Visitors to historic Wilmington, N.C., on the Cape Fear River might notice a curious greeter on the scenic waterfront: a giant Venus flytrap. A sculpture of the carnivorous plant soars 15 feet above the foot of Market Street, with two giant translucent-green glass pods, prehistoric-looking teeth protruding ominously, perched atop sinuous metal stems.
The quirky art installation by sculptor Paul Hill is a surprisingly fitting emblem of Wilmington. The peculiar plant is indigenous to the area: The environs around the city and similar subtropical wetlands in South Carolina the only places in the world where the Venus flytrap grows naturally.
Officially known as Dionaea muscipula, the Venus flytrap catapulted to fame in the 1980s with the popularity of the Off-Broadway musical and subsequent film Little Shop of Horrors, in which a giant Dionaea named Audrey develops an appetite for human blood, with results both tragic and comic.
The plant certainly looks ominous, with pods that resemble a bear trap. Two leafy "jaws" make up the trap pod, with green "teeth" that look like a botanical crocodile. Unsuspecting insects land on an open pod, triggering sensory hairs on the surface that cause the pod to close. The "teeth" keep the insect trapped while the plant secretes digestive enzymes. Once its prey is fully digested, the pod reopens, ready for the next clueless bug to buzz on over.
There are several places in the Wilmington region where Dionaea can be observed in its natural habitat. Armed with protective clothing and telephoto lenses, we set off on a Venus flytrap safari, determined to observe this carnivorous botanical gobbling away.
The Bluethenthal Wildflower Preserve lies in the middle of the University of North Carolina's Wilmington campus. The 10-acre wooded area was set aside to protect native plants of the region. Nestled among the mile or so of wooded trails is an insectivorous garden, where we discovered the stunning truth: The Venus flytrap is tiny.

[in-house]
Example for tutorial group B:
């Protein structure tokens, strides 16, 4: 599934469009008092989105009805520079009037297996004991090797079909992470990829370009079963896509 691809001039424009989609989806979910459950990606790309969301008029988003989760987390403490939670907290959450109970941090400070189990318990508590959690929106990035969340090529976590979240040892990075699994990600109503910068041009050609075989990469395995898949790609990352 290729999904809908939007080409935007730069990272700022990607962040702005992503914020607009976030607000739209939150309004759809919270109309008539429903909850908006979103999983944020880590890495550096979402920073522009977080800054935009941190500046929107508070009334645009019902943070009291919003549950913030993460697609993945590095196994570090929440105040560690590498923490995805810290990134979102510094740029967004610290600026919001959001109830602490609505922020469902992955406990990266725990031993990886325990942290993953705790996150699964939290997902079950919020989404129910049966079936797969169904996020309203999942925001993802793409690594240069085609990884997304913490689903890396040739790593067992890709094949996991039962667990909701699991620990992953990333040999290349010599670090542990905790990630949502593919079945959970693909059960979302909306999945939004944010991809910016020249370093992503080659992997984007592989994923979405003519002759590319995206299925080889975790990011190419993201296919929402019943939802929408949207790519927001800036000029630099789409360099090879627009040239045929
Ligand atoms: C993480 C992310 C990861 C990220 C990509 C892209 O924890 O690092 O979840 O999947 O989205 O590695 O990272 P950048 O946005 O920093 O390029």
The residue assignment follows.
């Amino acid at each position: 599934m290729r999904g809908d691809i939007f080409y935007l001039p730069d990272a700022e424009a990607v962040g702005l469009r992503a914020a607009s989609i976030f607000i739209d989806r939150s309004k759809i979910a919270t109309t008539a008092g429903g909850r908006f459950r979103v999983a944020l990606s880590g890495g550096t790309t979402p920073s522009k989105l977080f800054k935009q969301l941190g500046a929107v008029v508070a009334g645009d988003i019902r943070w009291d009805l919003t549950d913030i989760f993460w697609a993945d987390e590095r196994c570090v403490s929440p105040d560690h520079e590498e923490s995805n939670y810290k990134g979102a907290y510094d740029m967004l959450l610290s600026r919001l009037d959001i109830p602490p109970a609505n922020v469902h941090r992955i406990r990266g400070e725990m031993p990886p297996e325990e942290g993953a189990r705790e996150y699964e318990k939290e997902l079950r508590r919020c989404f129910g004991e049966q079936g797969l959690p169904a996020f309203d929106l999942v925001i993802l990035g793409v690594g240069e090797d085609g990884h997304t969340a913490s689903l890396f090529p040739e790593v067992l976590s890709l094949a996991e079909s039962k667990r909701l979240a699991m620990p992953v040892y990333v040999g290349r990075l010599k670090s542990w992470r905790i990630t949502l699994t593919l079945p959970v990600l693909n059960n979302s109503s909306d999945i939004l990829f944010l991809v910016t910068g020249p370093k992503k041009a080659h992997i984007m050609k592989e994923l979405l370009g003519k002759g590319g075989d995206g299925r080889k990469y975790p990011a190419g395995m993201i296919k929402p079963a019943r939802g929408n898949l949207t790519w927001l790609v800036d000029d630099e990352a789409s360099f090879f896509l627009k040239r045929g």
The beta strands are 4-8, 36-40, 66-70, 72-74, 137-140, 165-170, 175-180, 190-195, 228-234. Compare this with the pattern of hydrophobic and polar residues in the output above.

The entire plant is about the size of a human hand, and those voracious pods are about as large as a thumbnail. Had there not been an area where they were specifically labeled, we would have missed them entirely. Regardless of size, they are a fascinating plant to observe, as we saw several pods in various stages of opening and, um, digesting.
Now aware of how to identify them, we sought them out at several other spots in greater Wilmington. The regional tourism board provides a brochure listing locations where the Venus flytrap grows naturally. Most of the locations are in parks or nature preserves with free admission.
Our favorite was the wonderfully named Stanley Rehder Carnivorous Plant Garden. The three-quarter-acre patch is tucked at the edge of a neighborhood behind an elementary school and is part of the larger Piney Ridge Nature Preserve. Along a handicap-accessible path, visitors can spy bright yellow and burgundy sundews and pitcher plants - which also devour insects. The Venus flytraps were demurely tucked beneath these showier varieties, reddish-green jaws open, patiently waiting for a multilegged visitor.
And the best part of the garden? There was no need for insect repellent. - Larissa and